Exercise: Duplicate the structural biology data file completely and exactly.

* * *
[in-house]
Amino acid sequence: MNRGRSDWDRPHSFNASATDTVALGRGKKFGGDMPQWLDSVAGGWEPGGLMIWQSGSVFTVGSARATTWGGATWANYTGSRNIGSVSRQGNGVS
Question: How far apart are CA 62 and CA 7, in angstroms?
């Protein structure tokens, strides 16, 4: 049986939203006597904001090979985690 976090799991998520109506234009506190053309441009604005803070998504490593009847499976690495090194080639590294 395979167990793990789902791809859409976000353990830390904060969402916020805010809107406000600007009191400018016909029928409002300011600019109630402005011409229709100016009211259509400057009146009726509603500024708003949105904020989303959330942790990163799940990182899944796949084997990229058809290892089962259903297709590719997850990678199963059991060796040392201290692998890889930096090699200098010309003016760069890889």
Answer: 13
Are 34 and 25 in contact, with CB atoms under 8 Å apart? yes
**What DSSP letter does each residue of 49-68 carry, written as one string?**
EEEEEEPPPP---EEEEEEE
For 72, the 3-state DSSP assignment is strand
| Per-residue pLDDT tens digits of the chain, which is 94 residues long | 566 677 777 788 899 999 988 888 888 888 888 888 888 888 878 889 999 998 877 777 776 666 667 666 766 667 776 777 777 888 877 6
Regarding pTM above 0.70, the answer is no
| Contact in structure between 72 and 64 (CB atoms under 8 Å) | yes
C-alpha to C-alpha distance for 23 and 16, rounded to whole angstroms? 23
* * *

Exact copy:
[in-house]
Amino acid sequence: MNRGRSDWDRPHSFNASATDTVALGRGKKFGGDMPQWLDSVAGGWEPGGLMIWQSGSVFTVGSARATTWGGATWANYTGSRNIGSVSRQGNGVS
Question: How far apart are CA 62 and CA 7, in angstroms?
């Protein structure tokens, strides 16, 4: 049986939203006597904001090979985690 976090799991998520109506234009506190053309441009604005803070998504490593009847499976690495090194080639590294 395979167990793990789902791809859409976000353990830390904060969402916020805010809107406000600007009191400018016909029928409002300011600019109630402005011409229709100016009211259509400057009146009726509603500024708003949105904020989303959330942790990163799940990182899944796949084997990229058809290892089962259903297709590719997850990678199963059991060796040392201290692998890889930096090699200098010309003016760069890889």
Answer: 13
Are 34 and 25 in contact, with CB atoms under 8 Å apart? yes
**What DSSP letter does each residue of 49-68 carry, written as one string?**
EEEEEEPPPP---EEEEEEE
For 72, the 3-state DSSP assignment is strand
| Per-residue pLDDT tens digits of the chain, which is 94 residues long | 566 677 777 788 899 999 988 888 888 888 888 888 888 888 878 889 999 998 877 777 776 666 667 666 766 667 776 777 777 888 877 6
Regarding pTM above 0.70, the answer is no
| Contact in structure between 72 and 64 (CB atoms under 8 Å) | yes
C-alpha to C-alpha distance for 23 and 16, rounded to whole angstroms? 23